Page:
In a decision released today, the Supreme Judicial Court concluded that driving with improperly restrained children does not constitute reckless endangerment under state law.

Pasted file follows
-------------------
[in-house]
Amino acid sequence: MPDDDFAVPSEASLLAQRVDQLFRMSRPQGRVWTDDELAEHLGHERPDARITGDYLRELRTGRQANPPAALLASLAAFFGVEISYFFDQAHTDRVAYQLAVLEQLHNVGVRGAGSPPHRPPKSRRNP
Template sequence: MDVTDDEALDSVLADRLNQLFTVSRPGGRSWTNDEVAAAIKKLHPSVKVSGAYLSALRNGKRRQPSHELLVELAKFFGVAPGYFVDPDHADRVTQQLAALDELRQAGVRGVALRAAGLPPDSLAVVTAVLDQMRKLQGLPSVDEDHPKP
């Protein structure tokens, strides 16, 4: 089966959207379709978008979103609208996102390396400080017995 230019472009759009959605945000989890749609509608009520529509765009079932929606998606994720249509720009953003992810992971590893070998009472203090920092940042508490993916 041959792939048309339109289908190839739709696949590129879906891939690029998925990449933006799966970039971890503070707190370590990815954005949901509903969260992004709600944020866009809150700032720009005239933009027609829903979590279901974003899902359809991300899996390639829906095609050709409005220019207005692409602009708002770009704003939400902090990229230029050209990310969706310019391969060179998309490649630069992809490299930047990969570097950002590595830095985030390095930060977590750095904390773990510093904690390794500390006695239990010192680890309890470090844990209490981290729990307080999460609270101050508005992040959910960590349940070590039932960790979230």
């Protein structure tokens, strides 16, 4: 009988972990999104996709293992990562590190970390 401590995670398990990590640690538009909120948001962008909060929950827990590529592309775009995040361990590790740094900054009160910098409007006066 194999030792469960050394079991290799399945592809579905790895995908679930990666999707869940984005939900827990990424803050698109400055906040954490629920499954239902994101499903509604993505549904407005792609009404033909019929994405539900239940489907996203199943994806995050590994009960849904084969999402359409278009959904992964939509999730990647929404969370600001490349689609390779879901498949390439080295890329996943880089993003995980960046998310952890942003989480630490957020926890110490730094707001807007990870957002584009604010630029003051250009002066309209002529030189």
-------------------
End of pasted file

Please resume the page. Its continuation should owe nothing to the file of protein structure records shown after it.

Suzanne Hardy was charged with several crimes, including reckless endangerment, after her nephews were killed in a car crash. On the day of the accident, Ms. Hardy, who was taking care of her four-year-old son and her two nephews, ages four years and sixteen months, decided to drive the children from her house to her nephews’ home. By statute, children under eight years old in Massachusetts must ride in a car seat, unless they are at least 57 inches tall. The defendant put her own son in his booster seat, put the 16-month-old in a front-facing car seat (with the straps at an improper height), and buckled her 4-year-old nephew, who was 44 inches tall, into the car without any booster seat. She had a second booster seat with her but chose not to use it.